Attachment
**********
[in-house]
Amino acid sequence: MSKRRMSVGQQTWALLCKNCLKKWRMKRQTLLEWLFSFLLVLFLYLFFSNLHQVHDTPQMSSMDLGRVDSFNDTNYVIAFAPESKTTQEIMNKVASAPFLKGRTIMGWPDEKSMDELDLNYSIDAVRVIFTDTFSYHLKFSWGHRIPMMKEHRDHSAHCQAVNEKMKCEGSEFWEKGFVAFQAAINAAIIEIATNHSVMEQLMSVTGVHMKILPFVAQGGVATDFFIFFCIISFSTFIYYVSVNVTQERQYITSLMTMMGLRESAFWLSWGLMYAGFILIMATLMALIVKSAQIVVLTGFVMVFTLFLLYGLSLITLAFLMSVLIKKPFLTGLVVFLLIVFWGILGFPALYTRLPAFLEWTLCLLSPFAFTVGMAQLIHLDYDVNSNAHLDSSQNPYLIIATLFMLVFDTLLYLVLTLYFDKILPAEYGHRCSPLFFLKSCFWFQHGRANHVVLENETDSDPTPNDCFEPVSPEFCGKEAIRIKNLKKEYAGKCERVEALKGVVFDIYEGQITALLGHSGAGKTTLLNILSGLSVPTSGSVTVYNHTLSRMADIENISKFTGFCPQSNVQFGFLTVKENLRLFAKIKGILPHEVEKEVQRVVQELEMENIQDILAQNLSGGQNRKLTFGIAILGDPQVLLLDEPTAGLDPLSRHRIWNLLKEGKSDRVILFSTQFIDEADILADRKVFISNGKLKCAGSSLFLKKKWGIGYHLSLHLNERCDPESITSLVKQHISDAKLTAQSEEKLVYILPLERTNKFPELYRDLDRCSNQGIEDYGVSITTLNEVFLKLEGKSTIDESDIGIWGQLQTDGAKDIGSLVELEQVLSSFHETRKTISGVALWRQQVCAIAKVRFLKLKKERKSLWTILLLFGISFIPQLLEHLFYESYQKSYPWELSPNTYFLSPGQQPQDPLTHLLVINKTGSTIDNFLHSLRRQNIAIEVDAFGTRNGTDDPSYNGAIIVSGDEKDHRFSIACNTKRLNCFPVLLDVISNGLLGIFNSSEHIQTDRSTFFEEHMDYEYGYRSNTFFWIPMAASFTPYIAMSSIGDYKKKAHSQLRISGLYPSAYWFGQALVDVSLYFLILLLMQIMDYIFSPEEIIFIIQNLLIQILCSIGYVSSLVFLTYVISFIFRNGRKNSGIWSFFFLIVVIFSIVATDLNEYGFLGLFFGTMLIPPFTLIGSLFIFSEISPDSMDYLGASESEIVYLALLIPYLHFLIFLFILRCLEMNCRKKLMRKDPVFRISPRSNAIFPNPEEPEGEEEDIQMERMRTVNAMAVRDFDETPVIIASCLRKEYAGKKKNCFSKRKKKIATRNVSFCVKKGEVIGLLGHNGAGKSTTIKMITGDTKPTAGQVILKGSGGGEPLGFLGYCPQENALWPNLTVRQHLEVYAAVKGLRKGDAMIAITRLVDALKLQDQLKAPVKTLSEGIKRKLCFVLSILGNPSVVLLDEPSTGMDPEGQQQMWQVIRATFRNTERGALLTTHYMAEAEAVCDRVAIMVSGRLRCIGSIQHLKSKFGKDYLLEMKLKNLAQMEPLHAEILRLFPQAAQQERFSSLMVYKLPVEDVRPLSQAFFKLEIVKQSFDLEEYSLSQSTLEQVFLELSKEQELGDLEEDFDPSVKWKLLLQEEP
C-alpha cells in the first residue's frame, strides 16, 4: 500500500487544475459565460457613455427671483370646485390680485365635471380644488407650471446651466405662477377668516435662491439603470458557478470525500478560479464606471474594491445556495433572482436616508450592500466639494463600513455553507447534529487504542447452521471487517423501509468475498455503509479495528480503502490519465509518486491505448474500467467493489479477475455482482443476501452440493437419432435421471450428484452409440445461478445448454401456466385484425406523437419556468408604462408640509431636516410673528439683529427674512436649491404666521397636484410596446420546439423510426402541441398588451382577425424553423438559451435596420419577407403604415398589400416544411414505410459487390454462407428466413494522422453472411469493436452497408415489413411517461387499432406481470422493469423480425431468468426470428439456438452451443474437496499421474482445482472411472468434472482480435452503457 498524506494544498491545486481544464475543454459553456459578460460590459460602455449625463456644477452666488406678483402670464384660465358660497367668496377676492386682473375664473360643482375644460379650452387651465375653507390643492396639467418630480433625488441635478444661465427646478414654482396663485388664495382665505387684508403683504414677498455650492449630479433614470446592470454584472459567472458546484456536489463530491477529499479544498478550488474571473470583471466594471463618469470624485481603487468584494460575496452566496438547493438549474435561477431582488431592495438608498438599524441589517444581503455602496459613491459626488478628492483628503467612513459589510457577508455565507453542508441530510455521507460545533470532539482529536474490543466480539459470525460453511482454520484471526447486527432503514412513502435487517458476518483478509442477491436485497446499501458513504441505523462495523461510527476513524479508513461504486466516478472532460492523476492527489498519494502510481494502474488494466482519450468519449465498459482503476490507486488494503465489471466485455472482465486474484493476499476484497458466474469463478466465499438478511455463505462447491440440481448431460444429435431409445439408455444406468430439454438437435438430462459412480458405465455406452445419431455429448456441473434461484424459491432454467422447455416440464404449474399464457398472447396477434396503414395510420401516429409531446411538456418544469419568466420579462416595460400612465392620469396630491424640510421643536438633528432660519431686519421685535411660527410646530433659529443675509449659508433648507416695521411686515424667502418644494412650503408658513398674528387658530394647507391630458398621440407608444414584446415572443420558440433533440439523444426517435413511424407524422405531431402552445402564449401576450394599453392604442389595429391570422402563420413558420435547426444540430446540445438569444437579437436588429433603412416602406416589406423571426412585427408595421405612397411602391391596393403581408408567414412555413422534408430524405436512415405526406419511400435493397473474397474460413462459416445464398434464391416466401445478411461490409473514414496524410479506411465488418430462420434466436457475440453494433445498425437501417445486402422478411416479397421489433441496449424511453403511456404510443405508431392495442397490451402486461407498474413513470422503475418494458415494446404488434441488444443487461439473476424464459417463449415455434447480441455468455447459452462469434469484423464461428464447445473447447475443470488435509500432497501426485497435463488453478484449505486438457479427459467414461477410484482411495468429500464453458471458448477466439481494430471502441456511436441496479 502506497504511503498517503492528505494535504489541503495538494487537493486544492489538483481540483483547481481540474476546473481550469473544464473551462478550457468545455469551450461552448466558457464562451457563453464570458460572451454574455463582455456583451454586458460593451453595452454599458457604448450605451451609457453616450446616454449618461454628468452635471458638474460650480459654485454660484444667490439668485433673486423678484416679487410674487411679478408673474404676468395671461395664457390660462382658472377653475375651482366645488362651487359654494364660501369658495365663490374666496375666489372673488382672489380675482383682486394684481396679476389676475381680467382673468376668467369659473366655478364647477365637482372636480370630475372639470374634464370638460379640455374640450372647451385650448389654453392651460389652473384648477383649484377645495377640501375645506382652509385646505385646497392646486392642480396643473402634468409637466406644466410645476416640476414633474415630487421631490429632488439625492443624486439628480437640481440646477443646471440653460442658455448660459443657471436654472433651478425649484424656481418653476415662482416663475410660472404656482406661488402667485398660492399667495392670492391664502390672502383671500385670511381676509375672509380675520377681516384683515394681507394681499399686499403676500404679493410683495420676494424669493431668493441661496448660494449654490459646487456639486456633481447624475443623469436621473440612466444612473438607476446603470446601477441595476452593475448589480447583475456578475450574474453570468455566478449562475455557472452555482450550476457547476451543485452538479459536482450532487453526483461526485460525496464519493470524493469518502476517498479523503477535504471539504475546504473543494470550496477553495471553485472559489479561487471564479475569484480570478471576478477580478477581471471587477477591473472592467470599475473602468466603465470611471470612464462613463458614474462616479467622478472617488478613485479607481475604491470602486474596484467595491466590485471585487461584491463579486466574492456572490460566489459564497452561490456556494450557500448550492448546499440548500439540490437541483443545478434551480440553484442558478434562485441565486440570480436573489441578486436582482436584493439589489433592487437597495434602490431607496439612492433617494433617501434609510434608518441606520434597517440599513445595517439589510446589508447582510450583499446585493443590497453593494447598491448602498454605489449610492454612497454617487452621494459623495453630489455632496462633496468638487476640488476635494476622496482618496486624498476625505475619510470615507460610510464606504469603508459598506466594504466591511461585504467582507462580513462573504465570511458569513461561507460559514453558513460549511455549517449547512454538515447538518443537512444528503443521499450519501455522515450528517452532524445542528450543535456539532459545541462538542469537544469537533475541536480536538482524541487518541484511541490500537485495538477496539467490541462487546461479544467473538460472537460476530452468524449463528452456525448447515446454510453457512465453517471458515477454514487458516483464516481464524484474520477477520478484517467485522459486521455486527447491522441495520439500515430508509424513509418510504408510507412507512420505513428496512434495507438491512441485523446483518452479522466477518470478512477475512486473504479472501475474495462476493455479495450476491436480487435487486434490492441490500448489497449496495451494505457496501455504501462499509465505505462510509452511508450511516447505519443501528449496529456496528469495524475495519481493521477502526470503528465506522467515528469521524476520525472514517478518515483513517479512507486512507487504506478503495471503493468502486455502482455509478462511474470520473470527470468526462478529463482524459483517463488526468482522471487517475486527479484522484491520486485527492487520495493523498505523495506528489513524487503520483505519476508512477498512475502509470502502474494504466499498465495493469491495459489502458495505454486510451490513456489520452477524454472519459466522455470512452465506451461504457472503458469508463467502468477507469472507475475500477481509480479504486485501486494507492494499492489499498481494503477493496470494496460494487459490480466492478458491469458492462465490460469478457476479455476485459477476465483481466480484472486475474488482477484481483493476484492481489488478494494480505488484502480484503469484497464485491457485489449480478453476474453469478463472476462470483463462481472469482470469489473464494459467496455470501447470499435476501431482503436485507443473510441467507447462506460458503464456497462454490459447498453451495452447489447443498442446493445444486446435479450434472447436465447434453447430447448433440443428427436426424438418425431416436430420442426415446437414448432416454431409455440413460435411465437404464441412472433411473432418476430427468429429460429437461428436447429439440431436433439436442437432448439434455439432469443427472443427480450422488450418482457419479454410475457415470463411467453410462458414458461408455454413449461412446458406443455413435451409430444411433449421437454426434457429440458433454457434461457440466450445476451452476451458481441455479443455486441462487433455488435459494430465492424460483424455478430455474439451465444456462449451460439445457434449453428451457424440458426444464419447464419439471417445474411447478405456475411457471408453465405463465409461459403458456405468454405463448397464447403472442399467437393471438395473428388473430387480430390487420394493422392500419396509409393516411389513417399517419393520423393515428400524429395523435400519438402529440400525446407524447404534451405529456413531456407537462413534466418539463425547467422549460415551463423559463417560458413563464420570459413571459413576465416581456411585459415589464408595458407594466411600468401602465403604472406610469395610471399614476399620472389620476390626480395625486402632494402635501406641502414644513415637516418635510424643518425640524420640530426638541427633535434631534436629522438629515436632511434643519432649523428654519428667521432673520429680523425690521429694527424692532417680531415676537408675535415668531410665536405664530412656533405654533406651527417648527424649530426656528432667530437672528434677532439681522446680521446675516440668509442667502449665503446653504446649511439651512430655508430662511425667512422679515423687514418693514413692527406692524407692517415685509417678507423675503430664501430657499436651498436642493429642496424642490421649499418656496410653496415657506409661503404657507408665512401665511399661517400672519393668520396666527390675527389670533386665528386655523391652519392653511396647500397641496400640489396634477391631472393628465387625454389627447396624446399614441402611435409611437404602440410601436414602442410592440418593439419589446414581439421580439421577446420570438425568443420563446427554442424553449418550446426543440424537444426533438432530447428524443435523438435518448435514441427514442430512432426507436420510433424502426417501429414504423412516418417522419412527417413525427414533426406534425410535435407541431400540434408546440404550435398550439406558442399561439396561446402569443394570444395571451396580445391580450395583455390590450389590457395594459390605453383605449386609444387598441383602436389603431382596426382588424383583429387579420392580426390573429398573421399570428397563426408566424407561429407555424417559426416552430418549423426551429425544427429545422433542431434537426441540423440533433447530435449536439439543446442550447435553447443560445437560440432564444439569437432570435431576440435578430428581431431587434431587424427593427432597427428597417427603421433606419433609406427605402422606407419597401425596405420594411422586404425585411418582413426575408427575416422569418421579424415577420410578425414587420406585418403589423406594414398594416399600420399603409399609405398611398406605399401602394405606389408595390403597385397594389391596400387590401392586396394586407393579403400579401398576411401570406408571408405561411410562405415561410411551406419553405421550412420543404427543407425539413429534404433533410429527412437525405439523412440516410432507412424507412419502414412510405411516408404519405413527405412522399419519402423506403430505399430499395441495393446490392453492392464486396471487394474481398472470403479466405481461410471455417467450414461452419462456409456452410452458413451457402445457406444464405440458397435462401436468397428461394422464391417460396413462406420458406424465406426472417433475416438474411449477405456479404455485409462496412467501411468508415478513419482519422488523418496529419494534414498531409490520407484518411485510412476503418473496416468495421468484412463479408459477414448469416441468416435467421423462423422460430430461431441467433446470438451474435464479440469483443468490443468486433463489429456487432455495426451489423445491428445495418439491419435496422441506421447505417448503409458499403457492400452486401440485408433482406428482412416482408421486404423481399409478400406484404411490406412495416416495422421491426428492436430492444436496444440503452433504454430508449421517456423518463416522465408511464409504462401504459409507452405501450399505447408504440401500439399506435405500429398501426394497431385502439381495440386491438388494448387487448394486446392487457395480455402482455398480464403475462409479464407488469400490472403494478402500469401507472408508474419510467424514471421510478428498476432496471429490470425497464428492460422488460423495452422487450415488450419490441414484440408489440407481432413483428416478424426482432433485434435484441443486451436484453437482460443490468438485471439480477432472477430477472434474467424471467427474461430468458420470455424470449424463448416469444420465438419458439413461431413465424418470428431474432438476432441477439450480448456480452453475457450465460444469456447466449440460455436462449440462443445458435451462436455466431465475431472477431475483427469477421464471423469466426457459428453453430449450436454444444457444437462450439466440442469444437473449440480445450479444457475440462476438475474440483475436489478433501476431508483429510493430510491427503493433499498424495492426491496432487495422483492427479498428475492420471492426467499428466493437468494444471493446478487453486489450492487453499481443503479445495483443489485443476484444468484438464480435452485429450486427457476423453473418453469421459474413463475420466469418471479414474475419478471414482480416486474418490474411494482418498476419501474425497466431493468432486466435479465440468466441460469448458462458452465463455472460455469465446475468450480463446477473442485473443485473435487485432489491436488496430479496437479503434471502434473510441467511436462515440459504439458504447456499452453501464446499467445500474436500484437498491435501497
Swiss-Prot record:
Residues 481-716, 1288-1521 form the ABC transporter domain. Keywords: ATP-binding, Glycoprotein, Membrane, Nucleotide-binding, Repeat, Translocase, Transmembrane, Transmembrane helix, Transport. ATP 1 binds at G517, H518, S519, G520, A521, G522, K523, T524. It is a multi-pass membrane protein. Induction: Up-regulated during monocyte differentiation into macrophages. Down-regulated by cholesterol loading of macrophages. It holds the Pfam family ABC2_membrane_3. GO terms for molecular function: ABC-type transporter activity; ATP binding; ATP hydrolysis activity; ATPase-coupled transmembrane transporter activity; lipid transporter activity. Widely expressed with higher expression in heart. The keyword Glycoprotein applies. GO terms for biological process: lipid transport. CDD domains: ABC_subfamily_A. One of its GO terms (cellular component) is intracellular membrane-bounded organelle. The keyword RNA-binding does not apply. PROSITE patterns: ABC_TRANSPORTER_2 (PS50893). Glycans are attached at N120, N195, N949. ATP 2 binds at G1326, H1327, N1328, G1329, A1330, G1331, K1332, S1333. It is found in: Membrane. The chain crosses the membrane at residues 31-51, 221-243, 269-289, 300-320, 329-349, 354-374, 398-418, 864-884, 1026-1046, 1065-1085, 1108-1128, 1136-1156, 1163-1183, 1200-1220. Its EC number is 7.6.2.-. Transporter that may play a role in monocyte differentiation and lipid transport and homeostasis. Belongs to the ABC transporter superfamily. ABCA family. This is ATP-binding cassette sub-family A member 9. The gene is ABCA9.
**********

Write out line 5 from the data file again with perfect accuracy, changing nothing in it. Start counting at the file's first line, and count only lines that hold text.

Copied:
Residues 481-716, 1288-1521 form the ABC transporter domain. Keywords: ATP-binding, Glycoprotein, Membrane, Nucleotide-binding, Repeat, Translocase, Transmembrane, Transmembrane helix, Transport. ATP 1 binds at G517, H518, S519, G520, A521, G522, K523, T524. It is a multi-pass membrane protein. Induction: Up-regulated during monocyte differentiation into macrophages. Down-regulated by cholesterol loading of macrophages. It holds the Pfam family ABC2_membrane_3. GO terms for molecular function: ABC-type transporter activity; ATP binding; ATP hydrolysis activity; ATPase-coupled transmembrane transporter activity; lipid transporter activity. Widely expressed with higher expression in heart. The keyword Glycoprotein applies. GO terms for biological process: lipid transport. CDD domains: ABC_subfamily_A. One of its GO terms (cellular component) is intracellular membrane-bounded organelle. The keyword RNA-binding does not apply. PROSITE patterns: ABC_TRANSPORTER_2 (PS50893). Glycans are attached at N120, N195, N949. ATP 2 binds at G1326, H1327, N1328, G1329, A1330, G1331, K1332, S1333. It is found in: Membrane. The chain crosses the membrane at residues 31-51, 221-243, 269-289, 300-320, 329-349, 354-374, 398-418, 864-884, 1026-1046, 1065-1085, 1108-1128, 1136-1156, 1163-1183, 1200-1220. Its EC number is 7.6.2.-. Transporter that may play a role in monocyte differentiation and lipid transport and homeostasis. Belongs to the ABC transporter superfamily. ABCA family. This is ATP-binding cassette sub-family A member 9. The gene is ABCA9.